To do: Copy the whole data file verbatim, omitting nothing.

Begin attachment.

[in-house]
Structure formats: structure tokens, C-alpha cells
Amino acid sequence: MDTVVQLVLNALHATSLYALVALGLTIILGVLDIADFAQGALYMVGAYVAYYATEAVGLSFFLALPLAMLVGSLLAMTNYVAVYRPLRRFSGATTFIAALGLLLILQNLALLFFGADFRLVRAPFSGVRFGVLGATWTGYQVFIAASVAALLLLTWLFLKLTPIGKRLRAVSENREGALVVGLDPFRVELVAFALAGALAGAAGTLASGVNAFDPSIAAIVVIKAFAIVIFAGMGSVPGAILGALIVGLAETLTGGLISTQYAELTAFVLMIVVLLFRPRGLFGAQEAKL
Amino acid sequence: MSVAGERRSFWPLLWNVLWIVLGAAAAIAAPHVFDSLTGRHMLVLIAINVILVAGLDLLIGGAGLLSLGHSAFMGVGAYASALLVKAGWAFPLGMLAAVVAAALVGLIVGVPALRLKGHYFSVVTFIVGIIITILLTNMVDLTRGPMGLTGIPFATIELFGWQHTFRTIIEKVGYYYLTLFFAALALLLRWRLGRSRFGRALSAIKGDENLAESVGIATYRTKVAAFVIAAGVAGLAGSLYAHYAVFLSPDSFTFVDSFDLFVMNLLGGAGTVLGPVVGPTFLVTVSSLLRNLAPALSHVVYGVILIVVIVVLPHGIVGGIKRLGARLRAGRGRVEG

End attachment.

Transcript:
[in-house]
Structure formats: structure tokens, C-alpha cells
Amino acid sequence: MDTVVQLVLNALHATSLYALVALGLTIILGVLDIADFAQGALYMVGAYVAYYATEAVGLSFFLALPLAMLVGSLLAMTNYVAVYRPLRRFSGATTFIAALGLLLILQNLALLFFGADFRLVRAPFSGVRFGVLGATWTGYQVFIAASVAALLLLTWLFLKLTPIGKRLRAVSENREGALVVGLDPFRVELVAFALAGALAGAAGTLASGVNAFDPSIAAIVVIKAFAIVIFAGMGSVPGAILGALIVGLAETLTGGLISTQYAELTAFVLMIVVLLFRPRGLFGAQEAKL
Amino acid sequence: MSVAGERRSFWPLLWNVLWIVLGAAAAIAAPHVFDSLTGRHMLVLIAINVILVAGLDLLIGGAGLLSLGHSAFMGVGAYASALLVKAGWAFPLGMLAAVVAAALVGLIVGVPALRLKGHYFSVVTFIVGIIITILLTNMVDLTRGPMGLTGIPFATIELFGWQHTFRTIIEKVGYYYLTLFFAALALLLRWRLGRSRFGRALSAIKGDENLAESVGIATYRTKVAAFVIAAGVAGLAGSLYAHYAVFLSPDSFTFVDSFDLFVMNLLGGAGTVLGPVVGPTFLVTVSSLLRNLAPALSHVVYGVILIVVIVVLPHGIVGGIKRLGARLRAGRGRVEG